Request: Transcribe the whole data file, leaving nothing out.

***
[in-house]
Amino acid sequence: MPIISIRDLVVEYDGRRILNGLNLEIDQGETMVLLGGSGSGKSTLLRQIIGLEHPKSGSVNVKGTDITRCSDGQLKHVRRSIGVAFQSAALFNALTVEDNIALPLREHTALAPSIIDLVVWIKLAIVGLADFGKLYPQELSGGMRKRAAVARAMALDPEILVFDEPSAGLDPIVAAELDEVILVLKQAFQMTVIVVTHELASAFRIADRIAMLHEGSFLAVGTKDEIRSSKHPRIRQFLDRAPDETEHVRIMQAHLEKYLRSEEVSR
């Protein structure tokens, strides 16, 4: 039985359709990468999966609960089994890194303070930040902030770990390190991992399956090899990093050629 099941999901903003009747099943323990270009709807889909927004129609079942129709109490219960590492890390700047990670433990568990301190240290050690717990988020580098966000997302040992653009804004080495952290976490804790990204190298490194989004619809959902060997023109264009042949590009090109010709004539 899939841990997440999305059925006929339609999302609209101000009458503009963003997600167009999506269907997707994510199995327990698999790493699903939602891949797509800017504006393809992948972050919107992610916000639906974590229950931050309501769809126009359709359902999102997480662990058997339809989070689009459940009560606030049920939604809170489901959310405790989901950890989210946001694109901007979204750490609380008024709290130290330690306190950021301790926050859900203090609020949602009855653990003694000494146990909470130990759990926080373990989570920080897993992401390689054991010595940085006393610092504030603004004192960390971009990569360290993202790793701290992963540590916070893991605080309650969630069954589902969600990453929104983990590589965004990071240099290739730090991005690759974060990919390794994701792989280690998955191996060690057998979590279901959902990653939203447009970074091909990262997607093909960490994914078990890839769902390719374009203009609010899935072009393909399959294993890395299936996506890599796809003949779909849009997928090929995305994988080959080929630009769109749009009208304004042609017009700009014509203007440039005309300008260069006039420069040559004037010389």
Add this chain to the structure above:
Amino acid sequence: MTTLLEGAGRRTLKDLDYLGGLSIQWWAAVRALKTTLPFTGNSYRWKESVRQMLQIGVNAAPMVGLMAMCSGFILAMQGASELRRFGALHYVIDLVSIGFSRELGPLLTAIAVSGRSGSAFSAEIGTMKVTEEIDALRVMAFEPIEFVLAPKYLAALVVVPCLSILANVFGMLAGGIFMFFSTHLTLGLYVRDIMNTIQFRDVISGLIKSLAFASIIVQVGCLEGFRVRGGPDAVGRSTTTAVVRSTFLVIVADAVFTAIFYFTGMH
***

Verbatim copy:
[in-house]
Amino acid sequence: MPIISIRDLVVEYDGRRILNGLNLEIDQGETMVLLGGSGSGKSTLLRQIIGLEHPKSGSVNVKGTDITRCSDGQLKHVRRSIGVAFQSAALFNALTVEDNIALPLREHTALAPSIIDLVVWIKLAIVGLADFGKLYPQELSGGMRKRAAVARAMALDPEILVFDEPSAGLDPIVAAELDEVILVLKQAFQMTVIVVTHELASAFRIADRIAMLHEGSFLAVGTKDEIRSSKHPRIRQFLDRAPDETEHVRIMQAHLEKYLRSEEVSR
């Protein structure tokens, strides 16, 4: 039985359709990468999966609960089994890194303070930040902030770990390190991992399956090899990093050629 099941999901903003009747099943323990270009709807889909927004129609079942129709109490219960590492890390700047990670433990568990301190240290050690717990988020580098966000997302040992653009804004080495952290976490804790990204190298490194989004619809959902060997023109264009042949590009090109010709004539 899939841990997440999305059925006929339609999302609209101000009458503009963003997600167009999506269907997707994510199995327990698999790493699903939602891949797509800017504006393809992948972050919107992610916000639906974590229950931050309501769809126009359709359902999102997480662990058997339809989070689009459940009560606030049920939604809170489901959310405790989901950890989210946001694109901007979204750490609380008024709290130290330690306190950021301790926050859900203090609020949602009855653990003694000494146990909470130990759990926080373990989570920080897993992401390689054991010595940085006393610092504030603004004192960390971009990569360290993202790793701290992963540590916070893991605080309650969630069954589902969600990453929104983990590589965004990071240099290739730090991005690759974060990919390794994701792989280690998955191996060690057998979590279901959902990653939203447009970074091909990262997607093909960490994914078990890839769902390719374009203009609010899935072009393909399959294993890395299936996506890599796809003949779909849009997928090929995305994988080959080929630009769109749009009208304004042609017009700009014509203007440039005309300008260069006039420069040559004037010389």
Add this chain to the structure above:
Amino acid sequence: MTTLLEGAGRRTLKDLDYLGGLSIQWWAAVRALKTTLPFTGNSYRWKESVRQMLQIGVNAAPMVGLMAMCSGFILAMQGASELRRFGALHYVIDLVSIGFSRELGPLLTAIAVSGRSGSAFSAEIGTMKVTEEIDALRVMAFEPIEFVLAPKYLAALVVVPCLSILANVFGMLAGGIFMFFSTHLTLGLYVRDIMNTIQFRDVISGLIKSLAFASIIVQVGCLEGFRVRGGPDAVGRSTTTAVVRSTFLVIVADAVFTAIFYFTGMH